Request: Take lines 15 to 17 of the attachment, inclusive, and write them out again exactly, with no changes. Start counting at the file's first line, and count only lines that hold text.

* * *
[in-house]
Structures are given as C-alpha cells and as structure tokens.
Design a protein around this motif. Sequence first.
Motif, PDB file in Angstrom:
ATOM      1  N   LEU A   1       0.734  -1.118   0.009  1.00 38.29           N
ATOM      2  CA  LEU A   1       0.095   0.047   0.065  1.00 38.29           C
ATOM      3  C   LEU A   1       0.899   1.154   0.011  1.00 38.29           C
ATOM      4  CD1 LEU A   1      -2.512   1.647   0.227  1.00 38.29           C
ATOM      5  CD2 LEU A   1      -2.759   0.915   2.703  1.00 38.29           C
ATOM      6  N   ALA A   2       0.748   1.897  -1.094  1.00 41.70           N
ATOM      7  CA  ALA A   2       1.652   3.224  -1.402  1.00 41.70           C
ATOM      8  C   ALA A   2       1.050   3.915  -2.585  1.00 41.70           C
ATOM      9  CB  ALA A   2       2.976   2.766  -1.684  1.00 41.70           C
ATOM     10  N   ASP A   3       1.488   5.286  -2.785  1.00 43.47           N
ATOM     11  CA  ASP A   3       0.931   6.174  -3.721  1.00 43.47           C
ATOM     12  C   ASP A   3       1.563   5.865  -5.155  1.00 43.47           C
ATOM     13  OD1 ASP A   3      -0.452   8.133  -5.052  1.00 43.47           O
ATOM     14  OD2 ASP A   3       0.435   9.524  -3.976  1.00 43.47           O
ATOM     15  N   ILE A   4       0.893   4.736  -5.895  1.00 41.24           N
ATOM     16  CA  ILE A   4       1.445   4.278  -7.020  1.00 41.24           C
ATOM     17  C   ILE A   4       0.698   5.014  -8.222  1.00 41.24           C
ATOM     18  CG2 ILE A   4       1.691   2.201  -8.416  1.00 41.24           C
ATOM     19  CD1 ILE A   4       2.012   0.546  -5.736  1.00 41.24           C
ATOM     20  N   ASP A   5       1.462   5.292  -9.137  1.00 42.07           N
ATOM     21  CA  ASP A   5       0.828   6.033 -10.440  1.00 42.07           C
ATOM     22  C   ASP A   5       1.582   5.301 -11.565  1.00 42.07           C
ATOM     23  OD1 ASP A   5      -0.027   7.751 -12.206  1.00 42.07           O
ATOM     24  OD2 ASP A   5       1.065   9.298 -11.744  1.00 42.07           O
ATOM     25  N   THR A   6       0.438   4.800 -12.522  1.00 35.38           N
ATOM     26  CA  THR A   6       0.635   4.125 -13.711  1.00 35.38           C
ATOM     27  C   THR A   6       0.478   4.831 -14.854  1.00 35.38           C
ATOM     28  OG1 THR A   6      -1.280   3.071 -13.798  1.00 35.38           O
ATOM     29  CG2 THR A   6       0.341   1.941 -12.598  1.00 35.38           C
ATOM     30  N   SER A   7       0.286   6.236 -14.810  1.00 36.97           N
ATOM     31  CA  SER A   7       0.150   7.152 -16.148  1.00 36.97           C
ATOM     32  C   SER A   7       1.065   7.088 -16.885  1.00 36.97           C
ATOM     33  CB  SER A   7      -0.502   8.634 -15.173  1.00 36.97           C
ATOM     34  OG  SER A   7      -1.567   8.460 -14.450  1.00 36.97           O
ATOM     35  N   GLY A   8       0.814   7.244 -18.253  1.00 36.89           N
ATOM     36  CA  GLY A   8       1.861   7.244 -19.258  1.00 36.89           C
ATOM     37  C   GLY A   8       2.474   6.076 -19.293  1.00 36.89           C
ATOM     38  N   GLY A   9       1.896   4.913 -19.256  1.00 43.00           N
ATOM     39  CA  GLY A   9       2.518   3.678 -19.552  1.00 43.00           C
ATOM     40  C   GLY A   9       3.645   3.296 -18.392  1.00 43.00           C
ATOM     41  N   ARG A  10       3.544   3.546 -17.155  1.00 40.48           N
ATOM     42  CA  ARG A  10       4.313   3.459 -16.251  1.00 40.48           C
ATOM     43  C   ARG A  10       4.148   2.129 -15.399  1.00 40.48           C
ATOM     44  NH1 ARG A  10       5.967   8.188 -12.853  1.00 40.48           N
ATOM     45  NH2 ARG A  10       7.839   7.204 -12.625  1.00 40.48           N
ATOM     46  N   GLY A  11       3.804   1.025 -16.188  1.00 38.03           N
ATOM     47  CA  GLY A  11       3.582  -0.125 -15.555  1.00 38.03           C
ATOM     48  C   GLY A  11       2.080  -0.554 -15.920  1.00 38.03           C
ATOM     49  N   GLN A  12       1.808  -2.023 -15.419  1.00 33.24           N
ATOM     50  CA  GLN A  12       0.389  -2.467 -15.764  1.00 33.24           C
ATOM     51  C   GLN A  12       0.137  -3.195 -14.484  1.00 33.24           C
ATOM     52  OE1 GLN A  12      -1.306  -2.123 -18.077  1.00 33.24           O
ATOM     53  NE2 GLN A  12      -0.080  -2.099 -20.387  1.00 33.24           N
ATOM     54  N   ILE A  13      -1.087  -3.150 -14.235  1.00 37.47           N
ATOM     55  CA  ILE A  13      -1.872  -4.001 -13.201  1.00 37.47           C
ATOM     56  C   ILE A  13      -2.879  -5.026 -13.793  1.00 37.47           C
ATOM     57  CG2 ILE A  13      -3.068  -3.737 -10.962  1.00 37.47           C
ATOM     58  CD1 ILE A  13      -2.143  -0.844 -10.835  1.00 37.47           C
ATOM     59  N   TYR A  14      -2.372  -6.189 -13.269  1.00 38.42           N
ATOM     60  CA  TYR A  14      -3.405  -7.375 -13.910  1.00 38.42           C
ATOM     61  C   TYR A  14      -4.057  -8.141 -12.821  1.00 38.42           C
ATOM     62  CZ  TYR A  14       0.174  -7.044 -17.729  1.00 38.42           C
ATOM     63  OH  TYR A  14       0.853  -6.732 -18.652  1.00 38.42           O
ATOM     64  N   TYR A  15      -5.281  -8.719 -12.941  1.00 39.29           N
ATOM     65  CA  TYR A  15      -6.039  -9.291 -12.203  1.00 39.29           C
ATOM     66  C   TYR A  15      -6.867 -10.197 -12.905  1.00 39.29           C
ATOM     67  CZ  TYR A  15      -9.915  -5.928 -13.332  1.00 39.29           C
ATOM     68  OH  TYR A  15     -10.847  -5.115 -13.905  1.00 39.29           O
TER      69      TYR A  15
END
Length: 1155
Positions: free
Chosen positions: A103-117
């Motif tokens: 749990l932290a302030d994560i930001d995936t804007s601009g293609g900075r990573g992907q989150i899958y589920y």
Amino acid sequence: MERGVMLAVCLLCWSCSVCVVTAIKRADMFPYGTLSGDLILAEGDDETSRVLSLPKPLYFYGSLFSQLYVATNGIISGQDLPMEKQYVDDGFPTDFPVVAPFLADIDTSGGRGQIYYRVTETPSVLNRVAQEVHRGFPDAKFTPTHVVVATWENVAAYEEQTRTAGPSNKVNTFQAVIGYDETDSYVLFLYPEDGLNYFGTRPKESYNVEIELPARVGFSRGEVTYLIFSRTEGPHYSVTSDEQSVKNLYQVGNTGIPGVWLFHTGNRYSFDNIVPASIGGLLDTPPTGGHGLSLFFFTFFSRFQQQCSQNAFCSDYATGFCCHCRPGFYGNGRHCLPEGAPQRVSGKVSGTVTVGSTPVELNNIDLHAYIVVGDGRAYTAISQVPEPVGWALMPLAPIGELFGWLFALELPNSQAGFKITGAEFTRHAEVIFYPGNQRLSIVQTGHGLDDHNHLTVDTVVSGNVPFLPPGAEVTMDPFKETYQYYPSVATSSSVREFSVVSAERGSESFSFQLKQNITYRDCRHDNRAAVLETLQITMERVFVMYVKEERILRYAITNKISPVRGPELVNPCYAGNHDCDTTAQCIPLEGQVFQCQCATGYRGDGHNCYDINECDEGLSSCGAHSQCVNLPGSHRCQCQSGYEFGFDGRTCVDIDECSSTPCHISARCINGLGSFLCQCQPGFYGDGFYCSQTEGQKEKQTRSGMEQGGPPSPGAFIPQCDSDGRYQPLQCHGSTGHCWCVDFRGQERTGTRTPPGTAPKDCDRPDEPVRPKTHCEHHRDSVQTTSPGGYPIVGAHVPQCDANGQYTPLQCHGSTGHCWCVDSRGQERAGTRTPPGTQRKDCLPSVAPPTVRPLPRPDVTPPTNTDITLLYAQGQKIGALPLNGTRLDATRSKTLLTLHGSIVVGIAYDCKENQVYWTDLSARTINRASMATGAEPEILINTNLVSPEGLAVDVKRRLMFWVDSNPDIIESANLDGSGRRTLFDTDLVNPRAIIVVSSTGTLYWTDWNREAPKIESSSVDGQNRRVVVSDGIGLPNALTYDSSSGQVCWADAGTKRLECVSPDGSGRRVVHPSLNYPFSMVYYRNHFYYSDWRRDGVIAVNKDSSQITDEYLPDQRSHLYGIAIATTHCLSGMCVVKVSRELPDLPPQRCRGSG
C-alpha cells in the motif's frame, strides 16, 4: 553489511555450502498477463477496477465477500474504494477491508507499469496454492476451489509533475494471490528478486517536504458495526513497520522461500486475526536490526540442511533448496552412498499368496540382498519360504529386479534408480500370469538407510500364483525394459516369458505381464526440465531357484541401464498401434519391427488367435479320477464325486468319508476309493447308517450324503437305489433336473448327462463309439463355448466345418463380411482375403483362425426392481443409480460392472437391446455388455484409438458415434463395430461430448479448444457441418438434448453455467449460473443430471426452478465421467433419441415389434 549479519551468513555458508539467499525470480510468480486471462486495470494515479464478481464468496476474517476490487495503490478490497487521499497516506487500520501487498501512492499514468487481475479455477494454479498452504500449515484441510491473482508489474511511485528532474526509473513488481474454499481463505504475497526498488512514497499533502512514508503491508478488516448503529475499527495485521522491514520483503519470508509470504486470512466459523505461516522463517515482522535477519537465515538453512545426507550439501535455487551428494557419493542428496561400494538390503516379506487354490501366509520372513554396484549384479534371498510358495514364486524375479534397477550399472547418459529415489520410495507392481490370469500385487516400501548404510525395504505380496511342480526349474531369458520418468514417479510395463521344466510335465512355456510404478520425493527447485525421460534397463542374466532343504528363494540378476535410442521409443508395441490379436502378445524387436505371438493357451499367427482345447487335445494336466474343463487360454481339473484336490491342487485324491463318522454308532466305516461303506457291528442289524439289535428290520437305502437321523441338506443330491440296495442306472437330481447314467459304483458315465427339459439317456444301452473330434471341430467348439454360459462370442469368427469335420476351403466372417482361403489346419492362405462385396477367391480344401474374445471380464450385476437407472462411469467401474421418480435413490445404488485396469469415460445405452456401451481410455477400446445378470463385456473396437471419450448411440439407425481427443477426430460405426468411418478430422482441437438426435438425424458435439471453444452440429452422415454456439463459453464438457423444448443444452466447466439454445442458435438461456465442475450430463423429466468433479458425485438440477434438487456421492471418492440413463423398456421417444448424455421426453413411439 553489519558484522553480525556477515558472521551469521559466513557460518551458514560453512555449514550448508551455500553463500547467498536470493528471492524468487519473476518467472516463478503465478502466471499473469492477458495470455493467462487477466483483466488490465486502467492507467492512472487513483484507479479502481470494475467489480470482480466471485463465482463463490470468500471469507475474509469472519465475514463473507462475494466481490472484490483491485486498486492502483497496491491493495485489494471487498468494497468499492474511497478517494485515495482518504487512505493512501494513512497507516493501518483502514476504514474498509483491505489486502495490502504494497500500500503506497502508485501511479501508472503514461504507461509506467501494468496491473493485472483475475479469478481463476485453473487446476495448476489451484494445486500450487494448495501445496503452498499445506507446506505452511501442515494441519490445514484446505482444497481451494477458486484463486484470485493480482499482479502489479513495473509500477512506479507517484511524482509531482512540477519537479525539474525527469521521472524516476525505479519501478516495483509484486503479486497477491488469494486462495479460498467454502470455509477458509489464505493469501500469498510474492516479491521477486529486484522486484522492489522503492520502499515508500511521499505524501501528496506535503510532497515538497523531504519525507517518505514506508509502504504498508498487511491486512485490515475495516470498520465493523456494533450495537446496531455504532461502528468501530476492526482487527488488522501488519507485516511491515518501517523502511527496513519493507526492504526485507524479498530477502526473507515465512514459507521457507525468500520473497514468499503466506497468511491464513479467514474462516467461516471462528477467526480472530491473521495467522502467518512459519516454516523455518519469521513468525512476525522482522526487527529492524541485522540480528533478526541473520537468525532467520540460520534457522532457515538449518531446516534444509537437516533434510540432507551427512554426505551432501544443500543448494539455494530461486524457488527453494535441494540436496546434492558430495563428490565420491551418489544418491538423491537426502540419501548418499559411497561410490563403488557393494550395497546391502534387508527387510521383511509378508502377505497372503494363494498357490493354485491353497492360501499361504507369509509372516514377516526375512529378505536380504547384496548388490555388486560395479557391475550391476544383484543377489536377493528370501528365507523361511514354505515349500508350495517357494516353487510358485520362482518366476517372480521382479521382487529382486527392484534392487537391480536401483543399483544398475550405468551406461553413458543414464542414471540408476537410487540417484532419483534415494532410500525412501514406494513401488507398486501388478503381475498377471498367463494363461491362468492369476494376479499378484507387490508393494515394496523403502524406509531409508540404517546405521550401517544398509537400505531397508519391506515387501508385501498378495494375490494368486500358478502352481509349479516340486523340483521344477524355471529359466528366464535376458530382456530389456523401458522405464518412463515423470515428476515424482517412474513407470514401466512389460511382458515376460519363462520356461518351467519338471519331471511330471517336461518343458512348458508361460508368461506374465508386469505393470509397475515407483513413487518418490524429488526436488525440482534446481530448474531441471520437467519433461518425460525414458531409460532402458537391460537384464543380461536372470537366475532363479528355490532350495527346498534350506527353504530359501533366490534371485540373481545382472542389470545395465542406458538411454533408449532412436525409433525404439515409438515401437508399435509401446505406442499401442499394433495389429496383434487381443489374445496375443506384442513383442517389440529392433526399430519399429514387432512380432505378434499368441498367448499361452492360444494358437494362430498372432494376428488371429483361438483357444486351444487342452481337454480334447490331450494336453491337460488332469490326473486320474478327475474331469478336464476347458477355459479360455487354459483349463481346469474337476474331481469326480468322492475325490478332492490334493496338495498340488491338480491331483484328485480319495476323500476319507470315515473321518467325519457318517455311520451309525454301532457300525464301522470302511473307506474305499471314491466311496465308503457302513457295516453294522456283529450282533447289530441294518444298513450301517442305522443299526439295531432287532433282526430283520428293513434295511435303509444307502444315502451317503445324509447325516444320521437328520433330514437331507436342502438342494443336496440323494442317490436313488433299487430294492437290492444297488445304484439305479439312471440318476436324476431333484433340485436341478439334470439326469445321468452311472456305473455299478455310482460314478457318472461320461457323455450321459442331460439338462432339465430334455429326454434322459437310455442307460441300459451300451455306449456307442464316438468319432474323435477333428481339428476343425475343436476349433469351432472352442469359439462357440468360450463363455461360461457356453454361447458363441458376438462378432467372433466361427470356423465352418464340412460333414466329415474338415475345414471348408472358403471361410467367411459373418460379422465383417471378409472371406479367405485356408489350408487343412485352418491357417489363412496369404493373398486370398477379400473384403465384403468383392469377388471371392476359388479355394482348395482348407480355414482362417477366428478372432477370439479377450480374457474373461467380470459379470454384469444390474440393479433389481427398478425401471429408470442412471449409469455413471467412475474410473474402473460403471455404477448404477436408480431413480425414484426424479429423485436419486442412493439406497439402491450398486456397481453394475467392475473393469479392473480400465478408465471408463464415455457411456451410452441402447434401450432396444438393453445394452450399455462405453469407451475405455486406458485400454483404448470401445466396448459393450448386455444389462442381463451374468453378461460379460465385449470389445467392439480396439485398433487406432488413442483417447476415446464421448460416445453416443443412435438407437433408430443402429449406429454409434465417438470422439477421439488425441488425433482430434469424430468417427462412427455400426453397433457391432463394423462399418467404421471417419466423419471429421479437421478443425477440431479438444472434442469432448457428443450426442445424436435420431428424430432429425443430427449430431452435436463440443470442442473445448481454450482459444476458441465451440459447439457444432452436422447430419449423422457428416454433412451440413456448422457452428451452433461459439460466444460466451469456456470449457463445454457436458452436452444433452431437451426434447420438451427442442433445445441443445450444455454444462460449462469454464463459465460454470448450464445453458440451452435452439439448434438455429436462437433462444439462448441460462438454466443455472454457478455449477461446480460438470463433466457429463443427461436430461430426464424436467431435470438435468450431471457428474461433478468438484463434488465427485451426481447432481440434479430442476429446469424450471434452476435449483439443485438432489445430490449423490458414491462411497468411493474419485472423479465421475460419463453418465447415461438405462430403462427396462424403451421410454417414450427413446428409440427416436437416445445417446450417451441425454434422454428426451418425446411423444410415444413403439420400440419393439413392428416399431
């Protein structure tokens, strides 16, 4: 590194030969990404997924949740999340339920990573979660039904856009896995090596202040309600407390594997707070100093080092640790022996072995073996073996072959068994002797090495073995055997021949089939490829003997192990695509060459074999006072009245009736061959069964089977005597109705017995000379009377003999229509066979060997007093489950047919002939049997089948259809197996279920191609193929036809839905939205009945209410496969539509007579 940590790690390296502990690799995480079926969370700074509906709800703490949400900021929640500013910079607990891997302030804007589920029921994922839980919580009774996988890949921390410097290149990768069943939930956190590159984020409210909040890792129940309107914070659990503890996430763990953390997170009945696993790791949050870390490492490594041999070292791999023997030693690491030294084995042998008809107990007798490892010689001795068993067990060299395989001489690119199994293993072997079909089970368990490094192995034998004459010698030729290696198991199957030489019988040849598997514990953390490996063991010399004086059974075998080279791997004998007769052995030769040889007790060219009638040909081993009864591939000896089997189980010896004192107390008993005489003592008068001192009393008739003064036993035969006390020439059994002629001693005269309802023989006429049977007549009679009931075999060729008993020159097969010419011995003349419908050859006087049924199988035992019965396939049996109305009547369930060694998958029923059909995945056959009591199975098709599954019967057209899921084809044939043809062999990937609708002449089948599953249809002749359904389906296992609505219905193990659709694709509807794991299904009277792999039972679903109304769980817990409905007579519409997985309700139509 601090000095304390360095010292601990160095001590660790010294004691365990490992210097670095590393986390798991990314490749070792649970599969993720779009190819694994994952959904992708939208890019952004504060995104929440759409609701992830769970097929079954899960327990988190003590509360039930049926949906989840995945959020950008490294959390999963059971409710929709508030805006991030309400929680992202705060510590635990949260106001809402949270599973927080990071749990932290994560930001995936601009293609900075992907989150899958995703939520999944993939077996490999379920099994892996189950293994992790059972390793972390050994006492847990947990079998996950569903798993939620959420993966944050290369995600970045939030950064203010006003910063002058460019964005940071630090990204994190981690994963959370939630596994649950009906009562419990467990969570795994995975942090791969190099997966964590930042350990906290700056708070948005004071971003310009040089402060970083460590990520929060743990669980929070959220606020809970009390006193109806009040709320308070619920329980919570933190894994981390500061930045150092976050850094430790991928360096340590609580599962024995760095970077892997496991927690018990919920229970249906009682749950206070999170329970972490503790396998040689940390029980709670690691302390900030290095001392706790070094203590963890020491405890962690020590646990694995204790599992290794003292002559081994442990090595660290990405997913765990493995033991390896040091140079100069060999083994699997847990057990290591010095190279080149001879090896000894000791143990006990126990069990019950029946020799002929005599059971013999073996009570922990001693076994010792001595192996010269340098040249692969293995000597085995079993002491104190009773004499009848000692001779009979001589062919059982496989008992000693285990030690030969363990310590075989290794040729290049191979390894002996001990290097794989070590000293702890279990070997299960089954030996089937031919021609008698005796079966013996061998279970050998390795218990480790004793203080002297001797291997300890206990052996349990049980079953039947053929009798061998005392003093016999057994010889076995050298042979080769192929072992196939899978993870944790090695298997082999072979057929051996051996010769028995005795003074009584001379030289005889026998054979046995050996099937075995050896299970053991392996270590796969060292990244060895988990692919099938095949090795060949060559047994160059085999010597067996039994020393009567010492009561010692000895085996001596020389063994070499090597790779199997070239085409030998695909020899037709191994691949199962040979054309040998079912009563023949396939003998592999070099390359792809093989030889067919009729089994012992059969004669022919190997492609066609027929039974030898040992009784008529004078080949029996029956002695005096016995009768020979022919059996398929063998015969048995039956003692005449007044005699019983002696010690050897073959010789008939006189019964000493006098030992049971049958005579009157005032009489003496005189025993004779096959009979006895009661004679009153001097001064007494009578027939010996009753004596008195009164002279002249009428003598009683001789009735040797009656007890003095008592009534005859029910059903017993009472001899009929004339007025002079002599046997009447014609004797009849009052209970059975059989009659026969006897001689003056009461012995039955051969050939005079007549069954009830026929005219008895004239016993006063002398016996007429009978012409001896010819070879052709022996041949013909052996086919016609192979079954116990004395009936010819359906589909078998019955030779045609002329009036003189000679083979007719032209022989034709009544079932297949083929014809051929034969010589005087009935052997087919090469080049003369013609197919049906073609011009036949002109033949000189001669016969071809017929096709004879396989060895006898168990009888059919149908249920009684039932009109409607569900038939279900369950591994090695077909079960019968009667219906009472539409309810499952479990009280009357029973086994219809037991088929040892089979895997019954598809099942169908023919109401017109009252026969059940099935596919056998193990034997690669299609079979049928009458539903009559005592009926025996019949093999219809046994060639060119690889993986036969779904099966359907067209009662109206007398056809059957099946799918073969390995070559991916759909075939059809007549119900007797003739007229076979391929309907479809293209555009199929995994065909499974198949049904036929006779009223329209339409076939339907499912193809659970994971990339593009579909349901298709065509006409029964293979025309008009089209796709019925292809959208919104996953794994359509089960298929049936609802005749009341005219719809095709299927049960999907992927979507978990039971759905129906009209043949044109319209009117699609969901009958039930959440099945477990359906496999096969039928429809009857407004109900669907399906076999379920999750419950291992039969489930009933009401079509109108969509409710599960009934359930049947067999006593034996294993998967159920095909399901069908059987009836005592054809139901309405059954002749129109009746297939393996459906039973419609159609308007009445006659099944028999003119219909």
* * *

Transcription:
ATOM     11  CA  ASP A   3       0.931   6.174  -3.721  1.00 43.47           C
ATOM     12  C   ASP A   3       1.563   5.865  -5.155  1.00 43.47           C
ATOM     13  OD1 ASP A   3      -0.452   8.133  -5.052  1.00 43.47           O